Unusual weather struck eastern Australia in the first days of February 2005, with snow, hail, lighting, high winds, and dust storms making it seem more like winter than summer in this part of the Southern Hemisphere. In the Australian Alps, which cluster in the southeastern corner of the continent, winds whipped through the town of Thredbo Village at 130 kilometers per hour (80.8 mph), according to news reports. Other mountain locations received 15-20 centimeters of snow (about 6-8 inches). Other locations experienced flooding and flying debris.
The turbulent weather included a massive dust storm that moved across the country as a huge wall of dust and sand. In this image from the Moderate Resolution Imaging Spectroradiometer (MODIS) on NASA’s Aqua satellite, the dust cloud stretches across eastern Australia like a breaking wave. The sharp boundary between the dust and the small, patchy clouds along the coast is the boundary between two different air masses.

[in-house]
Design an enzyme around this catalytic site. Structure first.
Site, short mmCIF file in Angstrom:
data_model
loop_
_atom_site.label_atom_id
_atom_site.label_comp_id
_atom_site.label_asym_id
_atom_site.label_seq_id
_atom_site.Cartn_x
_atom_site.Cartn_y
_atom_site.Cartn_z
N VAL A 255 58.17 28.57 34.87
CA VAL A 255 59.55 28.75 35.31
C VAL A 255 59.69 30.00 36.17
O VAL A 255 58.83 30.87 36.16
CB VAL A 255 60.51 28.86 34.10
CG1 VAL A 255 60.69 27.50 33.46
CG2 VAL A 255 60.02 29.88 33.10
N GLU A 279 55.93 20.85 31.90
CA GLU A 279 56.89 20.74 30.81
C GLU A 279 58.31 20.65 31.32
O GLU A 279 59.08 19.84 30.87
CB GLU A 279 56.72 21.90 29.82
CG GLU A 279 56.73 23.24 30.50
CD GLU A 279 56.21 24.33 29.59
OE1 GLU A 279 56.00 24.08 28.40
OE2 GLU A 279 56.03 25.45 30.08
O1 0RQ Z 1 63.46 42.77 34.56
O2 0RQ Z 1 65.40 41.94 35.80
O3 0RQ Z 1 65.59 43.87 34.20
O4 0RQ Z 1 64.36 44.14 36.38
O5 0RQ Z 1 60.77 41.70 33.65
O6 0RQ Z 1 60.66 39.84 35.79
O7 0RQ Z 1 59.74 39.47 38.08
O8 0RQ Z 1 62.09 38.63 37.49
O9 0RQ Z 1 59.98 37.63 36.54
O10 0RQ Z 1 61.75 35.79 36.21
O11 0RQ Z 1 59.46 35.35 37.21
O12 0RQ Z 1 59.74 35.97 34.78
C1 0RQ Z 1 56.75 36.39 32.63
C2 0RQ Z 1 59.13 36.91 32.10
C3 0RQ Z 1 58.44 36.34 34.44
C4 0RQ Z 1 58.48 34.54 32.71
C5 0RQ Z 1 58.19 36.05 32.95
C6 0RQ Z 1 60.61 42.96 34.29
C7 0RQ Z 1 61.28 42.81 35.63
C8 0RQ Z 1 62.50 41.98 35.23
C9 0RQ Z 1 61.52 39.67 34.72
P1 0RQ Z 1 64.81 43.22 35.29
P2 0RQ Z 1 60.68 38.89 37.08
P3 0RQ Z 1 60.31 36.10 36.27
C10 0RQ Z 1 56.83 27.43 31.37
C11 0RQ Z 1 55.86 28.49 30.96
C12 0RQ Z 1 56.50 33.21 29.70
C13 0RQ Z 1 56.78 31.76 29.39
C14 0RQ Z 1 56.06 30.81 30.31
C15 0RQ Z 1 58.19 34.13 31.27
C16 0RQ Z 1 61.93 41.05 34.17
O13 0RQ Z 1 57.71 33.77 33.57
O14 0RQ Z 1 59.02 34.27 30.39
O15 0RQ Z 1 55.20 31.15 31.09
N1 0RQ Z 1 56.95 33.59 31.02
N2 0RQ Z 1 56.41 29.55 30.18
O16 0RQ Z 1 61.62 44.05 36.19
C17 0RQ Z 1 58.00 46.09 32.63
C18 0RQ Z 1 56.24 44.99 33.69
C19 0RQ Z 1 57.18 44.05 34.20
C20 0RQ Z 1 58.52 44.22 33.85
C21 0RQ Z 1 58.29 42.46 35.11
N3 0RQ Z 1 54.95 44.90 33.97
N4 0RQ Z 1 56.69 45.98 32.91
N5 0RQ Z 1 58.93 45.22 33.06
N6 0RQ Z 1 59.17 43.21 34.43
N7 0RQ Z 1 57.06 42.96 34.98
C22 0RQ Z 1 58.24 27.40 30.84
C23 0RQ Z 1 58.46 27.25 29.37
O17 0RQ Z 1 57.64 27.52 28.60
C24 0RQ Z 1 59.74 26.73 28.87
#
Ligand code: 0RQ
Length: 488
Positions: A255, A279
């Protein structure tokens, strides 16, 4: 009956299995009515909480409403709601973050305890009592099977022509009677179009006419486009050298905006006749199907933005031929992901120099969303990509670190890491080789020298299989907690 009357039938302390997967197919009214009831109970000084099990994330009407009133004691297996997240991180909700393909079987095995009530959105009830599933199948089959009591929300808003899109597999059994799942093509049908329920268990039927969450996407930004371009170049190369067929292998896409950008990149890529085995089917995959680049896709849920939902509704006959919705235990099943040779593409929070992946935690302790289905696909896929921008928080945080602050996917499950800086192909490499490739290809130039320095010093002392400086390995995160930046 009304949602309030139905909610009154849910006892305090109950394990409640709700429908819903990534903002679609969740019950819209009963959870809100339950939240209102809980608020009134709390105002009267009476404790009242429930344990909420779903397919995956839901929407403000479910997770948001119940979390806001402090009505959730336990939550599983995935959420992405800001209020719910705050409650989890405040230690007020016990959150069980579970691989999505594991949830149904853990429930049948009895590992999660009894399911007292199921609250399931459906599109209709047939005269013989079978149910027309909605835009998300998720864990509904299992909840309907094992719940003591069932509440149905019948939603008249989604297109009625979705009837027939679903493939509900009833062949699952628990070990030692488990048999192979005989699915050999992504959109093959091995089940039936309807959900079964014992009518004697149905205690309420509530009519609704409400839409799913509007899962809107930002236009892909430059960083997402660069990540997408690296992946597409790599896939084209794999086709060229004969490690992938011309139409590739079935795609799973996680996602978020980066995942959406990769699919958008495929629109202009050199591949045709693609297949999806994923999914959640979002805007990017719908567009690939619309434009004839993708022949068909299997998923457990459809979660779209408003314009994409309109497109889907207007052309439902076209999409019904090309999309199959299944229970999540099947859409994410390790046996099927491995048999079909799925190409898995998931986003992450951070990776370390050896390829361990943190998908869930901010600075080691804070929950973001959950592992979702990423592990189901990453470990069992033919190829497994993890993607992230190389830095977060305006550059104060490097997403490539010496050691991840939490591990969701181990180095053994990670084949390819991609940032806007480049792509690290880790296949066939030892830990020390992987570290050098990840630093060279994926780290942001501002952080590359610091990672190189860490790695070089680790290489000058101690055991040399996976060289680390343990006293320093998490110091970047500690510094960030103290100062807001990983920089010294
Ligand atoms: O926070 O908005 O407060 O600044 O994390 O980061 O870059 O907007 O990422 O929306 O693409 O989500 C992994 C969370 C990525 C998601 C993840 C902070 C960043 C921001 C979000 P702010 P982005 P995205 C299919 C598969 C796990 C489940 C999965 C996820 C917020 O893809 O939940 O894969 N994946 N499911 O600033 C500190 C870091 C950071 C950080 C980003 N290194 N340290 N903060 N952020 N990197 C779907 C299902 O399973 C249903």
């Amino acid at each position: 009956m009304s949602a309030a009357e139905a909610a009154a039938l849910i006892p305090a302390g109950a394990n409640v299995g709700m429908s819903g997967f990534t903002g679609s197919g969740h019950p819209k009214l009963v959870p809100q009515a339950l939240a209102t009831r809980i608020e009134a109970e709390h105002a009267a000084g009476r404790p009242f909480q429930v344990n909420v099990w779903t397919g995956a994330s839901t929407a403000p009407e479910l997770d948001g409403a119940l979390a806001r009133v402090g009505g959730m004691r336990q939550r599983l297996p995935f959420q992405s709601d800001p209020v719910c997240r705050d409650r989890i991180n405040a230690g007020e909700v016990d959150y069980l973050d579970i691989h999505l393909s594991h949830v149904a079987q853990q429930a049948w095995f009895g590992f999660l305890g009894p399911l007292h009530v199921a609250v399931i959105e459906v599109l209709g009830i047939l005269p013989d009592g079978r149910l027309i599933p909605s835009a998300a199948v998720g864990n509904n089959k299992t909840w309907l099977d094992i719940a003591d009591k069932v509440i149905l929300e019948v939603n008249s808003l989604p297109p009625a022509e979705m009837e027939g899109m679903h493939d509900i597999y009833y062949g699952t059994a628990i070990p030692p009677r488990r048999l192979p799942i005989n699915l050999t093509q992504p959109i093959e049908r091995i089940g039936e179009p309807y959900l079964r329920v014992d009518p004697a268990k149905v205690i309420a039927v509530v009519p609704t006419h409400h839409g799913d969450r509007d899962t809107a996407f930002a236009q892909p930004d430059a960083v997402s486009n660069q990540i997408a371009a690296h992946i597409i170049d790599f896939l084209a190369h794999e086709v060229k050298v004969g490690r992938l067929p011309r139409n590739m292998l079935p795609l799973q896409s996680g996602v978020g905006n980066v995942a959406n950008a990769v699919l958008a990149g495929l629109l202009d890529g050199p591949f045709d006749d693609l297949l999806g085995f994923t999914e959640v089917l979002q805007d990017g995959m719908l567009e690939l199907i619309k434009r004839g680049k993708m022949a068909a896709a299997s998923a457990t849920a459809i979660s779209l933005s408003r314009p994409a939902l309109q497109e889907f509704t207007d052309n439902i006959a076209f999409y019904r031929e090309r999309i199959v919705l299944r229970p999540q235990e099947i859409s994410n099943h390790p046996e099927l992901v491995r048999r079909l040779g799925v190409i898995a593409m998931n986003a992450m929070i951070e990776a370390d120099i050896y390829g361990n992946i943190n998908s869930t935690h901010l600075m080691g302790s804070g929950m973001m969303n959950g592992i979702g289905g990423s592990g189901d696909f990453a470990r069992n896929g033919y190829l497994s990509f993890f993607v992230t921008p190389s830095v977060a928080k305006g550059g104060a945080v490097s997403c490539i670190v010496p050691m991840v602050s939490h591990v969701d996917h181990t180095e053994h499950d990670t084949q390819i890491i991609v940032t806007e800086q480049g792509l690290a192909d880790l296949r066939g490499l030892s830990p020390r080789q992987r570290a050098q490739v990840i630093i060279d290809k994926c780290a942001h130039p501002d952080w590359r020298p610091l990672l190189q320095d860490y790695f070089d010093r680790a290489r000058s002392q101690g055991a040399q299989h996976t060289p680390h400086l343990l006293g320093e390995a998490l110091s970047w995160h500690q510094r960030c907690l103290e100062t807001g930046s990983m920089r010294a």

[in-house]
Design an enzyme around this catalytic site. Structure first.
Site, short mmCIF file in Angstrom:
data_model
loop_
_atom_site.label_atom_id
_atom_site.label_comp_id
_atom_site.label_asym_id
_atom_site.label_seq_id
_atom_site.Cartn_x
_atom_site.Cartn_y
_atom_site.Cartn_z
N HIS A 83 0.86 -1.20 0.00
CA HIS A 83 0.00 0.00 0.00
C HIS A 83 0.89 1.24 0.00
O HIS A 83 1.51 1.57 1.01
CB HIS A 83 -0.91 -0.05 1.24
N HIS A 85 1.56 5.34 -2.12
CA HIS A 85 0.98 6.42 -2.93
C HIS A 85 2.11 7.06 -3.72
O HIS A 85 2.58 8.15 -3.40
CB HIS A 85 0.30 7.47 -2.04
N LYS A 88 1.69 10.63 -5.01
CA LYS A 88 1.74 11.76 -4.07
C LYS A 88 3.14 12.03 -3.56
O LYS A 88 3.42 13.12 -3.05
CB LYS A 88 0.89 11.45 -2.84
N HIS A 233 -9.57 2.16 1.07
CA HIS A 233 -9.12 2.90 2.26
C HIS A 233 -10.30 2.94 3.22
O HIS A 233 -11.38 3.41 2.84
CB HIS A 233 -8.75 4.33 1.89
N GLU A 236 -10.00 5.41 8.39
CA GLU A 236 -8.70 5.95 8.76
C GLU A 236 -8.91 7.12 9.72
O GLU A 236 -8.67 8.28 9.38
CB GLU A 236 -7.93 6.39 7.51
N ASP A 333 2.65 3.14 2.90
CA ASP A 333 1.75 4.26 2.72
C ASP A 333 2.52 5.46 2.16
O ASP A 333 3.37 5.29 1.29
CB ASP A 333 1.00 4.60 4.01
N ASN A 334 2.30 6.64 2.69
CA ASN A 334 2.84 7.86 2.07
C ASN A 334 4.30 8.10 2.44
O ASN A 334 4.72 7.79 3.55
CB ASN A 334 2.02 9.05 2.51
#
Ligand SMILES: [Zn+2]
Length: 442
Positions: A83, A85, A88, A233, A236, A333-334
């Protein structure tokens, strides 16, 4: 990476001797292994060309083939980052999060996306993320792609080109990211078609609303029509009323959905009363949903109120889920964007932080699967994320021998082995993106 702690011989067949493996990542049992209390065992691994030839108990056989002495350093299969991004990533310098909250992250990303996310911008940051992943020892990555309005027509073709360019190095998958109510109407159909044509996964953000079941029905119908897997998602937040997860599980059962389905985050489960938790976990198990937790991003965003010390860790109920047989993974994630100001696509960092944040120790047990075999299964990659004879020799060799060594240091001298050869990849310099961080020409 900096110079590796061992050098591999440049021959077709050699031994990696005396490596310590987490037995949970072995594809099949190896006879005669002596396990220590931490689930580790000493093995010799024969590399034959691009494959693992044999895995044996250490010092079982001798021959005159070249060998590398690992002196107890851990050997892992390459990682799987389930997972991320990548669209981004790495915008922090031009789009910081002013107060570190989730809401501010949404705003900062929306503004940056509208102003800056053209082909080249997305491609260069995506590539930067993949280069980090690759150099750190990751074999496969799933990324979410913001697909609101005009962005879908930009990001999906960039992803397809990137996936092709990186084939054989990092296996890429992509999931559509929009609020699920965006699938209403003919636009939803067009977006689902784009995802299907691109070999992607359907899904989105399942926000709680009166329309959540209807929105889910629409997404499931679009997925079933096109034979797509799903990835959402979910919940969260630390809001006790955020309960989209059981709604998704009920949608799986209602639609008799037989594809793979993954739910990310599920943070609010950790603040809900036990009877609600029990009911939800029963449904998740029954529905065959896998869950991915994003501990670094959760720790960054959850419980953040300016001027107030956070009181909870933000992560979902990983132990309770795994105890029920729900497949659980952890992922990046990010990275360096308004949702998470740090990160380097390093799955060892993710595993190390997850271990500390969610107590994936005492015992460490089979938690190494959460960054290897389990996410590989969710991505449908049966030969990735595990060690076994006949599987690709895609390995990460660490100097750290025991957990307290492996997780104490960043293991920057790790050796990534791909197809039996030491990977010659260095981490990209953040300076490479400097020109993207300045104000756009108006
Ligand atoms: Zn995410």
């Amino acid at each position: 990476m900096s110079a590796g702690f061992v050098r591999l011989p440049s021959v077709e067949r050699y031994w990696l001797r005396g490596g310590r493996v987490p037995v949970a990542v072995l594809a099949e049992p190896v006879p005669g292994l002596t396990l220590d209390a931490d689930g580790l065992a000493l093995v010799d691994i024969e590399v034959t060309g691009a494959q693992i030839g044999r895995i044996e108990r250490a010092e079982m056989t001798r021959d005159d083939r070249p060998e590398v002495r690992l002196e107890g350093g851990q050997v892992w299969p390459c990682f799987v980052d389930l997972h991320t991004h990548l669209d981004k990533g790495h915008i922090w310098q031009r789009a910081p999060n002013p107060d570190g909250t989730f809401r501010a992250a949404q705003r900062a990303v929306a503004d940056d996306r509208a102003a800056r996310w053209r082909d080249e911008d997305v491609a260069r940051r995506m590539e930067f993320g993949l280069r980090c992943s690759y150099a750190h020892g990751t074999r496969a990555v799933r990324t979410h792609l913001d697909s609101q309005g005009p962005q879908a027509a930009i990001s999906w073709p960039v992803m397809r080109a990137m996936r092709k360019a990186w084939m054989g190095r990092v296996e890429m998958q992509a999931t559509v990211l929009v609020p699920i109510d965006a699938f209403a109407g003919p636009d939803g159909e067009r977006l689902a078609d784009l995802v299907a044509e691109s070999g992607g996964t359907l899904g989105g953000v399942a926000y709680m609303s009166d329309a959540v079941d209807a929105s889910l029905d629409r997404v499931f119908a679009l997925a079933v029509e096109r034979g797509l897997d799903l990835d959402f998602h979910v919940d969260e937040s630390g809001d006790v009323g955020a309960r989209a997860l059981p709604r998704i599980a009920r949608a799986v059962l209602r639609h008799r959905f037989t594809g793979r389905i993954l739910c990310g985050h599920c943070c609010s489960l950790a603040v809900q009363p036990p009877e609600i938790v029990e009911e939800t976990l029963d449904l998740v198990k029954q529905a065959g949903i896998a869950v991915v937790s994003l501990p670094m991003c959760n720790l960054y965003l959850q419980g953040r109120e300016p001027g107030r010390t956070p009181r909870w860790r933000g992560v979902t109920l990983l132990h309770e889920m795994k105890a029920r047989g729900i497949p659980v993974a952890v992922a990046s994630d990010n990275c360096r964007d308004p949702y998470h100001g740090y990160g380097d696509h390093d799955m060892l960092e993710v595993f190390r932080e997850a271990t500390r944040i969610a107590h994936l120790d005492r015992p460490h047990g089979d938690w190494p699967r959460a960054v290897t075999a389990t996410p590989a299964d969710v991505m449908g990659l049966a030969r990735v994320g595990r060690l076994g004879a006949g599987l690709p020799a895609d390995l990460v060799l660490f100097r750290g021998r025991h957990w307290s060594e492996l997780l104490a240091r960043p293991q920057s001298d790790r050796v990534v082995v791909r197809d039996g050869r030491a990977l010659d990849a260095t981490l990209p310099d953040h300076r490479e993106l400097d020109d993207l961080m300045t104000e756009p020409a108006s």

The edge of the dust marks the edge of a “trough” of low pressure that moved across the country. A trough is an elongated area of low atmospheric pressure. Air from higher-pressure regions rushes into the trough. Although these atmospheric happenings are not always occurring right at the surface, if the air mass filling the trough has enough momentum, the surface winds can pick up enough of that momentum to stir up dust storms like the one seen in this image from February 2, 2005.
NASA image courtesy MODIS Rapid Response Team